🔴 The NJ Kids Count 2024 provides a snapshot of how kids are faring in NJ

🔴 The report shows gains in Pre-K enrollment and median income

🔴 Learning loss remains an issue post-COVID in New Jersey

Despite improved outcomes on several measures of child well-being, there were some alarming statistics to come out of the NJ Kids Count 2024 report.

The report, which collects data from different departments, both federal and state, provides a snapshot of how kids are faring in the Garden State. The data provides 63 measures of child well-being in areas such as education, family income, child health, child protection, and more.


Pre-School Enrollment

“As we rebound from the effects of pandemic learning loss, we also see a substantial increase in enrollment in state-funded preschool, as part of Gov. Phil Murphy’s push for pre-K expansion,” said Mary Coogan, president and CEO of The Advocates for the Children of New Jersey.

She said children must start learning as early as possible, and New Jersey is a national model for a quality preschool program so it’s great to see more money in the budget this year to continue to expand.

Woman shopping for apples at a grocery store
Monkey Business Images ThinkStock

Gains in Family Median Income

Despite an 8% increase in median family income amounting to $120,874, families in the Garden State continue to struggle to keep up with the cost of living, Coogan said.

About 50% of people in New Jersey are spending more than 30% of their income on rent, mortgage, food, gas, and other necessities.

“So, the question is whether the increase in median income covers the increase in cost, and depending on who you talk to, you get different stories,” Coogan said.

But many New Jersey counties continue to suffer financially. For example, the median family income in Cumberland County is just over $60,000, or in Passaic County, it’s just over $80,000, Coogan said. So, while some counties saw increases, they were not at $120,000.

There is a movement toward community organizations and state officials to work more collaboratively so that families who are struggling financially can access the services that they need.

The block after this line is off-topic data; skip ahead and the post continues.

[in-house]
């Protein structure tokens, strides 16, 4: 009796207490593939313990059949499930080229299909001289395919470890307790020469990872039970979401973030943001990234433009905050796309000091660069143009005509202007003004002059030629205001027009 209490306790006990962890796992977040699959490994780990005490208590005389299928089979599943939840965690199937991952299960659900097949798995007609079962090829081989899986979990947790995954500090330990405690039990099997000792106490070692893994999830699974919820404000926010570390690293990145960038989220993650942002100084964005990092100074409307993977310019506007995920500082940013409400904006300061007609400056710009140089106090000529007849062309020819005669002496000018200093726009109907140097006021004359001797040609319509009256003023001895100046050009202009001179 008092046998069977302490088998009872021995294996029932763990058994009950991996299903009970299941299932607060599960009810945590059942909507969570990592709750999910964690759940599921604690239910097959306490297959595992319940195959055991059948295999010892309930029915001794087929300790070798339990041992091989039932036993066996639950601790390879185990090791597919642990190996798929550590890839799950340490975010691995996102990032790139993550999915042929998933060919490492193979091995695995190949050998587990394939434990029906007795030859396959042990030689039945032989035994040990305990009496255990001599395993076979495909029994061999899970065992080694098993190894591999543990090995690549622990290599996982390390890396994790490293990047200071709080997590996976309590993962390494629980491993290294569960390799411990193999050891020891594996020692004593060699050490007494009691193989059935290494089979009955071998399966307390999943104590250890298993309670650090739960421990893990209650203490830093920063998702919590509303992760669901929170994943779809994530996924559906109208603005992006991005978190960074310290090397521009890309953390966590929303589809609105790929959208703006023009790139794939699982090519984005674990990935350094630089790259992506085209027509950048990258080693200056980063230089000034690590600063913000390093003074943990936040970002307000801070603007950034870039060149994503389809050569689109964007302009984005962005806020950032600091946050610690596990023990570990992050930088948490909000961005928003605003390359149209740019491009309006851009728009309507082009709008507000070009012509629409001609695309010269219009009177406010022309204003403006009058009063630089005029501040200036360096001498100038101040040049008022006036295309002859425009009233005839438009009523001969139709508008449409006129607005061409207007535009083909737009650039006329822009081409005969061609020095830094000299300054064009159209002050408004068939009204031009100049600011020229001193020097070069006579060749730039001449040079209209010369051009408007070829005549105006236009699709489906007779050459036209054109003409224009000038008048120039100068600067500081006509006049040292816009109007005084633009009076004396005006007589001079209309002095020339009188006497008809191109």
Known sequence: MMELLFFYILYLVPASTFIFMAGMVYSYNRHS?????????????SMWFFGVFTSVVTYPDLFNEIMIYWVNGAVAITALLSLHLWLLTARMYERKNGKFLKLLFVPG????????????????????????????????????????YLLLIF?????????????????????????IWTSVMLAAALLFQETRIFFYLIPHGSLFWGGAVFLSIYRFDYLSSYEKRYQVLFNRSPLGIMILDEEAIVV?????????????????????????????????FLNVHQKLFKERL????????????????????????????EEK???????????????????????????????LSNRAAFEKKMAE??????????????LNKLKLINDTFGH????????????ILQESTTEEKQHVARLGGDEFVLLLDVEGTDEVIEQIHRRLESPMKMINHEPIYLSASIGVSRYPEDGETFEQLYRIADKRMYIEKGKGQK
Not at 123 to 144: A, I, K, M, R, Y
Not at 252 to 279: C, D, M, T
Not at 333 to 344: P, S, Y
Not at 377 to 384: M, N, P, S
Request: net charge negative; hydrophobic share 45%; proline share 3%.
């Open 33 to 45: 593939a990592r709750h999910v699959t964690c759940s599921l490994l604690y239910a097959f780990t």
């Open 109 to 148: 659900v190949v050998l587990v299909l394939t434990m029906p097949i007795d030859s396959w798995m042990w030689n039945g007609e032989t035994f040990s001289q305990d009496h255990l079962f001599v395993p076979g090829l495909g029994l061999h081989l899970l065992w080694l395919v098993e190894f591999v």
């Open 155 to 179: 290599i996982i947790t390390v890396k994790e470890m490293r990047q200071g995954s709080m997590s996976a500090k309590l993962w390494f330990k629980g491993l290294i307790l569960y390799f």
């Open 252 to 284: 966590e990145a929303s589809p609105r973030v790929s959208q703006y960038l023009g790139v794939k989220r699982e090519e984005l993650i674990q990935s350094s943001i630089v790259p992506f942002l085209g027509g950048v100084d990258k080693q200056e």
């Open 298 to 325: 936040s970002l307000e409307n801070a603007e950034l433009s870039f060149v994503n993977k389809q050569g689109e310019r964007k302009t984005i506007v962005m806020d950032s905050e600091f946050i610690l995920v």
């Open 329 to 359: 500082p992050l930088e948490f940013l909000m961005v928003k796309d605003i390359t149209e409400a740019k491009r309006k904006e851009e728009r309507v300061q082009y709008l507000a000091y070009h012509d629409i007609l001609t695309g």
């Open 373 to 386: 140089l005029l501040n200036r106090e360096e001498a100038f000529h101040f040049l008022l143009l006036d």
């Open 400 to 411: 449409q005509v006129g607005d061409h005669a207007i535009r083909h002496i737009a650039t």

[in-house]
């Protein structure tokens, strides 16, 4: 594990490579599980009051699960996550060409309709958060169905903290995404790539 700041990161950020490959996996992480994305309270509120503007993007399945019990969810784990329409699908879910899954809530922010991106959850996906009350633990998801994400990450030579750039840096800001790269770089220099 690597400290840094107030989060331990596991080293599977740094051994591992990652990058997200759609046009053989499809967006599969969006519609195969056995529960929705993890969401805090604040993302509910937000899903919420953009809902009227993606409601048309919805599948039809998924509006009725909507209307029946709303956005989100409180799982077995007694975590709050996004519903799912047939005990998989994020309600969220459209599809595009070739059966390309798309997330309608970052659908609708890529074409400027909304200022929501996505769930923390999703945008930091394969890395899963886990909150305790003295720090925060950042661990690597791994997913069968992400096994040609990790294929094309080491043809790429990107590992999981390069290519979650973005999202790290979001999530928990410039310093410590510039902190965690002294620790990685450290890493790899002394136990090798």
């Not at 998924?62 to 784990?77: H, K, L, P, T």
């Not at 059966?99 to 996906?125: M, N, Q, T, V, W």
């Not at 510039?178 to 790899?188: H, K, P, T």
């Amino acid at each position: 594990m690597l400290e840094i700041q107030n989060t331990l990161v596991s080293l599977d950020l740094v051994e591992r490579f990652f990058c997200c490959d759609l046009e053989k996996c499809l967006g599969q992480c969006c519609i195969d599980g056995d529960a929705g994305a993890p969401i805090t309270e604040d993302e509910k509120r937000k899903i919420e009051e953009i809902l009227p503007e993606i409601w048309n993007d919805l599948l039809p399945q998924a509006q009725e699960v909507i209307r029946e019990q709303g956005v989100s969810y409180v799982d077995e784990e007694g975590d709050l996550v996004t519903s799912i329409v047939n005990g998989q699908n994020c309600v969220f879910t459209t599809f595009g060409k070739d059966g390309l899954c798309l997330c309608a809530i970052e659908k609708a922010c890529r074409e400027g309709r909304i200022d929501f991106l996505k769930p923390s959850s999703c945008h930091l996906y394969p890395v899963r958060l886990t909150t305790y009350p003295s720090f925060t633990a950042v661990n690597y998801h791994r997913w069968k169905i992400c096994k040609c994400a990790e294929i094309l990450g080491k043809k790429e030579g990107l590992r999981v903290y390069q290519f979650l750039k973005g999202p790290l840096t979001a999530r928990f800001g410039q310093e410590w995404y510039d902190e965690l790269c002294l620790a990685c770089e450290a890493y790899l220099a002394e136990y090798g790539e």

“Things like having a uniformed application to get SNAP benefits which provides assistance for food and child care subsidies, or a mom who is entitled to the WIC benefits, also qualifying for other programs. So, if we can make more seamless application processes that determine eligibility for numerous programs, families may benefit from that,” Coogan said.

Students taking tests
Tim Boyle, Getty Images

Learning Loss

More than half of New Jersey third graders scored below proficiency in math and reading in the state’s Student Learning Assessments during the 2022-2023 school year.

But when it’s broken down by county and race, the data reveal more disparities, Coogan said.

For example, only 17% of Cumberland County third graders were at or above proficiency in reading compared to Bergen County’s 60%.

Students of Asian descent are at 70% English proficiency, and 80% are at math proficiency. But, when looking at the African-American community, the test scores show only 26% of proficiency. Only 28% of Hispanic students are proficient in English and math, and just over 50% of white children are proficient in both reading and math, Coogan said.

The data showed that while the disparities in learning loss have always been there, the COVID-19 pandemic made things worse, she added.


Child Protection

In 2023, only 3% of the 98,583 children reported to the state child abuse hotline were found to be substantiated or established cases of abuse or neglect.

Are kids being overreported? This doesn’t mean that families don’t need help or that the person who made the report wasn’t justified in saying they had concerns about a family, Coogan said.

“To me, the question is, “Is there a better way to help families get the services they need or the help they need without having to involve them in child protective services and further state action,” Coogan asked.


Child Care

In 2023, New Jersey had roughly 4,000 licensed childcare centers, with the largest number of centers located in Bergen (430) and Essex (480). The number of registered family child care providers, those who care for children in their own homes, increased 11% between 2021 and 2023 with 1,317 statewide. Middlesex County saw the highest jump from 81 providers in 2021 to 129 in 2023.

However, the childcare industry continues to be in a workforce crisis, Coogan said.
If you go to individual centers, you’ll find empty classrooms. That’s because while they have the capacity to serve 50 children, they can only find staff to enable them to serve about 30 children, she explained.

“Overall, this report should provide an opportunity for policymakers and advocates to make better decisions regarding marshaling limiting assets. So, good data should drive smart decisions and we would hope that people would use the data to determine how to allocate limited resources,” Coogan said.

For a look at the full NJ Kids Count Report for 2024, visit here.

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